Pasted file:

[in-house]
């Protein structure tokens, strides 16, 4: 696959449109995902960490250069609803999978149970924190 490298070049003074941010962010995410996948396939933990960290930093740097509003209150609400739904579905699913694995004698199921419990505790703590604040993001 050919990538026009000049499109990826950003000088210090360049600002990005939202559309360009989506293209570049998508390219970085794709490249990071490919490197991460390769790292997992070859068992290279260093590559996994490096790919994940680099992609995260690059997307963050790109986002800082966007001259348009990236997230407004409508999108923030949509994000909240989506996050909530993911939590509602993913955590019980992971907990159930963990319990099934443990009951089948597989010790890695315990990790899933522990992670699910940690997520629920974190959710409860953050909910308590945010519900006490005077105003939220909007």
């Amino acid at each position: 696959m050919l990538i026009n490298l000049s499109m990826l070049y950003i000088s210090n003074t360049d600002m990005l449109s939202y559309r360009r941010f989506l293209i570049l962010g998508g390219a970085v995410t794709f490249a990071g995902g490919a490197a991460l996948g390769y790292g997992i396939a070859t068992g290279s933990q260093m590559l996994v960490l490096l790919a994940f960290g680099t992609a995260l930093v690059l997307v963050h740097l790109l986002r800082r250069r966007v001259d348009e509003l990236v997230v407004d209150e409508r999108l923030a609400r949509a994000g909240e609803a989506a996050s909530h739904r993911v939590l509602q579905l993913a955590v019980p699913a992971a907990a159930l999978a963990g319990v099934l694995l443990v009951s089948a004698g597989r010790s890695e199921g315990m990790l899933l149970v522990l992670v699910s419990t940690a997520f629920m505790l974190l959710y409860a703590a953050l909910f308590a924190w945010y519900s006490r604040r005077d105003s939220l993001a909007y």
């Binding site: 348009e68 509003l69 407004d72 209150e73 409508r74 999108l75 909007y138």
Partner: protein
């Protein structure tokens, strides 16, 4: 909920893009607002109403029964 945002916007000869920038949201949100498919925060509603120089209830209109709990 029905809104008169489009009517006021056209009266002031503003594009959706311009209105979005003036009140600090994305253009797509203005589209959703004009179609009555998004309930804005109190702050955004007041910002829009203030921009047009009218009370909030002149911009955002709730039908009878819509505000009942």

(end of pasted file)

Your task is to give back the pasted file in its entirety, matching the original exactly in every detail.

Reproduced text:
[in-house]
């Protein structure tokens, strides 16, 4: 696959449109995902960490250069609803999978149970924190 490298070049003074941010962010995410996948396939933990960290930093740097509003209150609400739904579905699913694995004698199921419990505790703590604040993001 050919990538026009000049499109990826950003000088210090360049600002990005939202559309360009989506293209570049998508390219970085794709490249990071490919490197991460390769790292997992070859068992290279260093590559996994490096790919994940680099992609995260690059997307963050790109986002800082966007001259348009990236997230407004409508999108923030949509994000909240989506996050909530993911939590509602993913955590019980992971907990159930963990319990099934443990009951089948597989010790890695315990990790899933522990992670699910940690997520629920974190959710409860953050909910308590945010519900006490005077105003939220909007």
């Amino acid at each position: 696959m050919l990538i026009n490298l000049s499109m990826l070049y950003i000088s210090n003074t360049d600002m990005l449109s939202y559309r360009r941010f989506l293209i570049l962010g998508g390219a970085v995410t794709f490249a990071g995902g490919a490197a991460l996948g390769y790292g997992i396939a070859t068992g290279s933990q260093m590559l996994v960490l490096l790919a994940f960290g680099t992609a995260l930093v690059l997307v963050h740097l790109l986002r800082r250069r966007v001259d348009e509003l990236v997230v407004d209150e409508r999108l923030a609400r949509a994000g909240e609803a989506a996050s909530h739904r993911v939590l509602q579905l993913a955590v019980p699913a992971a907990a159930l999978a963990g319990v099934l694995l443990v009951s089948a004698g597989r010790s890695e199921g315990m990790l899933l149970v522990l992670v699910s419990t940690a997520f629920m505790l974190l959710y409860a703590a953050l909910f308590a924190w945010y519900s006490r604040r005077d105003s939220l993001a909007y």
């Binding site: 348009e68 509003l69 407004d72 209150e73 409508r74 999108l75 909007y138």
Partner: protein
């Protein structure tokens, strides 16, 4: 909920893009607002109403029964 945002916007000869920038949201949100498919925060509603120089209830209109709990 029905809104008169489009009517006021056209009266002031503003594009959706311009209105979005003036009140600090994305253009797509203005589209959703004009179609009555998004309930804005109190702050955004007041910002829009203030921009047009009218009370909030002149911009955002709730039908009878819509505000009942």